Baidu’s robotaxi growth could be clipped by human rivals


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Well, this is one way to drive new tech growth. China’s answer to Google is betting big on robotaxis in China to revitalise its business.

So far, that is working. Baidu has a head start on Tesla and the faster than expected take-up of its robotaxi Apollo Go has boosted shares in the search engine and artificial intelligence group. But Baidu’s progress faces risks at home.

Baidu is leading the autonomous driving market in China. Its robotaxis are already in operation: its biggest presence is in the city of Wuhan where there is a fleet of 300 of the cars. Users can hail an unmanned, fully self-driving car for local taxi services. The 24-hour operations started this year.

This business is just what Baidu needs. Its revenue grew at its slowest pace in more than a year in the March quarter up just 1 per cent, despite its lead in AI in the country. Monetising that technology will take time, while its ad revenue has long been cut into from competition from rivals such as TikTok owner ByteDance. Hong Kong-listed shares of Baidu are down more than 30 per cent in the past year

Hopes it may have finally found a viable source of new growth was enough to boost the battered stock as much as 13 per cent on Wednesday.

Line chart of Share price, Hong Kong dollar showing Baidu has slumped on growth concerns

It will not be long, however, before Baidu starts to face stiff competition in this sector. In addition to local rivals Pony.ai, AutoX and WeRide, Tesla is reported to have been granted approval to test its advanced driver-assistance system in Shanghai, with its robotaxi expected to be unveiled next month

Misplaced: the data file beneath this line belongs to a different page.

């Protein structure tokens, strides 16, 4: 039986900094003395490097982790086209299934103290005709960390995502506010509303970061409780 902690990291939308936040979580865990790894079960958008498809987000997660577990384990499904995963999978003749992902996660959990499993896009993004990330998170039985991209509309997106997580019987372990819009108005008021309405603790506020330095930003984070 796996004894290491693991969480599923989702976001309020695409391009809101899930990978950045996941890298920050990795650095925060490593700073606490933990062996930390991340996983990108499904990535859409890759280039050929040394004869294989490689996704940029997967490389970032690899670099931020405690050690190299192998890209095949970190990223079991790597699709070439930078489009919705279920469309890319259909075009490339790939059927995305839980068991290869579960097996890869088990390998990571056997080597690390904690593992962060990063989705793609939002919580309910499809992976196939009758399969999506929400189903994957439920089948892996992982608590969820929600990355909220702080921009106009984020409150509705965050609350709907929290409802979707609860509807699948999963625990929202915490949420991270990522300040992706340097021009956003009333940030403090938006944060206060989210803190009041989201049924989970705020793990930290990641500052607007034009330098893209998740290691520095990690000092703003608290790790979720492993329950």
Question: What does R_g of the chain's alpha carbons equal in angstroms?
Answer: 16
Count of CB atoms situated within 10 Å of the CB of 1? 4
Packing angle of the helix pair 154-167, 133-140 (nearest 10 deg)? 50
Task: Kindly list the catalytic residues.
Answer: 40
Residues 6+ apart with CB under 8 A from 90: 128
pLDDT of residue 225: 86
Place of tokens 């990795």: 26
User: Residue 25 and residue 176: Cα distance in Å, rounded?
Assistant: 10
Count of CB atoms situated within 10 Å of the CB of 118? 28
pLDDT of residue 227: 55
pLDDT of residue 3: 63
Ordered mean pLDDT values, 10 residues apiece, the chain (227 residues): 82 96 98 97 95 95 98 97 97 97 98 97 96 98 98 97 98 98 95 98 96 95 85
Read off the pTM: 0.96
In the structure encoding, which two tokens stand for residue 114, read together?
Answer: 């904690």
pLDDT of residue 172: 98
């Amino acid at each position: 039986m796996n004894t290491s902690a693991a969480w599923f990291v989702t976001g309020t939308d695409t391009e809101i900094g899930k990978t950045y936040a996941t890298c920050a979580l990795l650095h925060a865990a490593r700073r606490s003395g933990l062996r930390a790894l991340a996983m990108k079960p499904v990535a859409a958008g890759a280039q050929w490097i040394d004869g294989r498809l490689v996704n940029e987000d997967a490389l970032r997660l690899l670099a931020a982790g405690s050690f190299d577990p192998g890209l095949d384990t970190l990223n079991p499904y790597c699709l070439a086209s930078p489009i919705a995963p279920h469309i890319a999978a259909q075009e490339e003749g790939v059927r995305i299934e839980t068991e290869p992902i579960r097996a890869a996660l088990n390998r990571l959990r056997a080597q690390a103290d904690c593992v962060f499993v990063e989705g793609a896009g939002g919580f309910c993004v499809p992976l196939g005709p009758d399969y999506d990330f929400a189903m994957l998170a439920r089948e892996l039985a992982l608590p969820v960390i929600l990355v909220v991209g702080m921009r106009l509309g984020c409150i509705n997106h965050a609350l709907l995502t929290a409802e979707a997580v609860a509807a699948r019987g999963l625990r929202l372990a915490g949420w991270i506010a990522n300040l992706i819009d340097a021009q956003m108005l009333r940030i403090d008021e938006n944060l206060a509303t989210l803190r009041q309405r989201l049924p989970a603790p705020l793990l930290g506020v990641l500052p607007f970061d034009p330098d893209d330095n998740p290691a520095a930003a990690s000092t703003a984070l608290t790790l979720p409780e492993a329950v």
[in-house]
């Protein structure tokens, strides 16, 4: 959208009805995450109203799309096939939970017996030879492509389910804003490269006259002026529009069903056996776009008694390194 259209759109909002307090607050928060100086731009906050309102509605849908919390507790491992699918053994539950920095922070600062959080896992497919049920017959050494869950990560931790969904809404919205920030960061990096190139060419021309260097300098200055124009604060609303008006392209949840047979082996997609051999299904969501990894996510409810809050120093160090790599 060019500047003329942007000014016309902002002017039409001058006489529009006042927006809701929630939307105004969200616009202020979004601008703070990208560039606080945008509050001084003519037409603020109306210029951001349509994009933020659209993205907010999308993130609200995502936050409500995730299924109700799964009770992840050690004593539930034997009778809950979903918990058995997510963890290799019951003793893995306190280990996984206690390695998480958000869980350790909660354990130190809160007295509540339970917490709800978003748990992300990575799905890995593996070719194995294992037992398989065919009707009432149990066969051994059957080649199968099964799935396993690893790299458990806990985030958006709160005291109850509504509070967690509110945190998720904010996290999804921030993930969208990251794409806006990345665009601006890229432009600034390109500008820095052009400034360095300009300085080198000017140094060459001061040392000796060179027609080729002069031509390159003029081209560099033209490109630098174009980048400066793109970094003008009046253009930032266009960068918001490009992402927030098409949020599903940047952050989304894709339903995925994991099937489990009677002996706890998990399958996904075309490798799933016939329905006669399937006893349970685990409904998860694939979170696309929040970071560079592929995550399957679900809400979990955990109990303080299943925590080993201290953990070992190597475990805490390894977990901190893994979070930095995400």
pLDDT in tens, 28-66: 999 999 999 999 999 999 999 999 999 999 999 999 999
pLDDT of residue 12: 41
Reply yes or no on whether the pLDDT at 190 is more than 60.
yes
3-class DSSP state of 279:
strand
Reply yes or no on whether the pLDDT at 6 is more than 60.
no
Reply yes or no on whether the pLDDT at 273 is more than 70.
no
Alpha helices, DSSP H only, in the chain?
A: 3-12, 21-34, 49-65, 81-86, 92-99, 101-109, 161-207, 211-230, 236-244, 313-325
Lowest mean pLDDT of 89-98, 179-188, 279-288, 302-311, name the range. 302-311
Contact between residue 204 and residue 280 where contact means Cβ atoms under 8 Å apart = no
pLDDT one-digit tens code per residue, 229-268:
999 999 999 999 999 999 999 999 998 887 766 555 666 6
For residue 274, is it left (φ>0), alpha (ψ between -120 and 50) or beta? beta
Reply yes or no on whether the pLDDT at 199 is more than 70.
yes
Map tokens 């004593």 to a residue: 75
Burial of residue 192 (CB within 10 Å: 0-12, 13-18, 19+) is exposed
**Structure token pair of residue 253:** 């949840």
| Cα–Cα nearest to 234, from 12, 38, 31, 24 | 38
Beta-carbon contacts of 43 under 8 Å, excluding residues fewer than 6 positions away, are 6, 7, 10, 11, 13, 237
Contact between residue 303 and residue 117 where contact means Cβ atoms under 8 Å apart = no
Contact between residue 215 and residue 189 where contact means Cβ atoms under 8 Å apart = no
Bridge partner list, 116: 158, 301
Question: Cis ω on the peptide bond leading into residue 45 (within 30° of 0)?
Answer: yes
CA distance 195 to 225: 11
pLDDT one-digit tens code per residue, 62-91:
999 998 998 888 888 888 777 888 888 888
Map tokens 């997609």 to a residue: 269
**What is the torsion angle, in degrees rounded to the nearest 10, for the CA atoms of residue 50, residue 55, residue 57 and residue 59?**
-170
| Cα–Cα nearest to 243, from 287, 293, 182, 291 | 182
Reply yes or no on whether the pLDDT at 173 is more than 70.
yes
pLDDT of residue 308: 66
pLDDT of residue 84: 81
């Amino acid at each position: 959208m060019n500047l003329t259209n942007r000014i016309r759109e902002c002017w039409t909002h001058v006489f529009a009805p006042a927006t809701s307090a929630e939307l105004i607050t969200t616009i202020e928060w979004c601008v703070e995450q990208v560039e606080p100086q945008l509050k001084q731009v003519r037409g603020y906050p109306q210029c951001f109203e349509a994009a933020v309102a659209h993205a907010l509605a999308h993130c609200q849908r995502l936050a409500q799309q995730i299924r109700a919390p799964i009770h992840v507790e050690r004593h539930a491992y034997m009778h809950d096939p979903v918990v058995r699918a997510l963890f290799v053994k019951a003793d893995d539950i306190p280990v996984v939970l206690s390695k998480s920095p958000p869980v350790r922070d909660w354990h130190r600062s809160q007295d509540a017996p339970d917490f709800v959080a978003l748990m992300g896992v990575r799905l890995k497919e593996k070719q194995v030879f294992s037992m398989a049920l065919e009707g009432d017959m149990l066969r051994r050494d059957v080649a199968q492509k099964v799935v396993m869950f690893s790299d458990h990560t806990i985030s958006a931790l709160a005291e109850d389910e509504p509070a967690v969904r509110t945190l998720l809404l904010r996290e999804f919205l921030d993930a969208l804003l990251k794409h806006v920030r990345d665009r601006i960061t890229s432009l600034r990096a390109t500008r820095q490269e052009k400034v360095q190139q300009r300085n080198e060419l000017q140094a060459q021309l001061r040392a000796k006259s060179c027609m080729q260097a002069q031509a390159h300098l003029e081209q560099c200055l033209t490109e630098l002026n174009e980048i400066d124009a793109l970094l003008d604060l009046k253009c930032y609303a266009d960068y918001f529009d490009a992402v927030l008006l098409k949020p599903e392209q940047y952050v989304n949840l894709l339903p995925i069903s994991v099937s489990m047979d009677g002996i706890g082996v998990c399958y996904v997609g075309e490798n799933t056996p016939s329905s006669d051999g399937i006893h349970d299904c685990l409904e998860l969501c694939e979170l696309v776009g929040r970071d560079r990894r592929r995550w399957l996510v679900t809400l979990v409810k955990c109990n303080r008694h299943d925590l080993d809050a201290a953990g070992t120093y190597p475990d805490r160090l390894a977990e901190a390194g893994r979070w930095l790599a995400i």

So far, Baidu’s head start in mass production of robotaxis is giving it an edge. It had already partnered with Nvidia to develop autonomous cars and robotaxis in 2016 and launched Apollo, its open-source platform for autonomous driving, a year later. Those years of development and trial and error mean that it has managed to slash the cost of producing robotaxis: making its latest generation models costs less than half that of its previous version.

But there is a flipside to Apollo’s unexpected popularity: an equally strong reaction from local taxi drivers. Robotaxis are typically cheaper than traditional taxis. Taxi drivers have been petitioning for Apollo to be limited. Social tensions in China have already been rising over the past year due to high levels of youth unemployment: the rate for those aged between 16 and 24 was at 14.2 per cent in May. Even as rivals pile in, that pushback looks a serious potential threat to this nascent sector’s growth.

june.yoon@ft.com



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